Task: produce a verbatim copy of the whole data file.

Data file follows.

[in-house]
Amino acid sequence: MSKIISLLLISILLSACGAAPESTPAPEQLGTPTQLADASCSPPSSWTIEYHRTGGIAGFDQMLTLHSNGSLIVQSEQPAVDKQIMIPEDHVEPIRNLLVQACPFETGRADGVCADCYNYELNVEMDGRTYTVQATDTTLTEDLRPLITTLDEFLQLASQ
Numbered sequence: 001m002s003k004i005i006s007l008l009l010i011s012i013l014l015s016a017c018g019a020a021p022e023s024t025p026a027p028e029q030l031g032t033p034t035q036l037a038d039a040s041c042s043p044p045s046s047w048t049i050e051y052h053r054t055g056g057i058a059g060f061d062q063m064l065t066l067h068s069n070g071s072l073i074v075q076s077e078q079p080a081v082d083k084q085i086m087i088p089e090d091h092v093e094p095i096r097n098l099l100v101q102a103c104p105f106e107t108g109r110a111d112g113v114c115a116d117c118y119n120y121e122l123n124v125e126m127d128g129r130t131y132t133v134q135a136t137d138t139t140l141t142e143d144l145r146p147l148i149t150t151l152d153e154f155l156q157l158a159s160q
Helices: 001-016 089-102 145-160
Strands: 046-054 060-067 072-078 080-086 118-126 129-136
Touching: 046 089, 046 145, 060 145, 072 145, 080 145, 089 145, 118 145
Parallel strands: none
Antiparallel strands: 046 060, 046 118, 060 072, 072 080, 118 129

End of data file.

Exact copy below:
[in-house]
Amino acid sequence: MSKIISLLLISILLSACGAAPESTPAPEQLGTPTQLADASCSPPSSWTIEYHRTGGIAGFDQMLTLHSNGSLIVQSEQPAVDKQIMIPEDHVEPIRNLLVQACPFETGRADGVCADCYNYELNVEMDGRTYTVQATDTTLTEDLRPLITTLDEFLQLASQ
Numbered sequence: 001m002s003k004i005i006s007l008l009l010i011s012i013l014l015s016a017c018g019a020a021p022e023s024t025p026a027p028e029q030l031g032t033p034t035q036l037a038d039a040s041c042s043p044p045s046s047w048t049i050e051y052h053r054t055g056g057i058a059g060f061d062q063m064l065t066l067h068s069n070g071s072l073i074v075q076s077e078q079p080a081v082d083k084q085i086m087i088p089e090d091h092v093e094p095i096r097n098l099l100v101q102a103c104p105f106e107t108g109r110a111d112g113v114c115a116d117c118y119n120y121e122l123n124v125e126m127d128g129r130t131y132t133v134q135a136t137d138t139t140l141t142e143d144l145r146p147l148i149t150t151l152d153e154f155l156q157l158a159s160q
Helices: 001-016 089-102 145-160
Strands: 046-054 060-067 072-078 080-086 118-126 129-136
Touching: 046 089, 046 145, 060 145, 072 145, 080 145, 089 145, 118 145
Parallel strands: none
Antiparallel strands: 046 060, 046 118, 060 072, 072 080, 118 129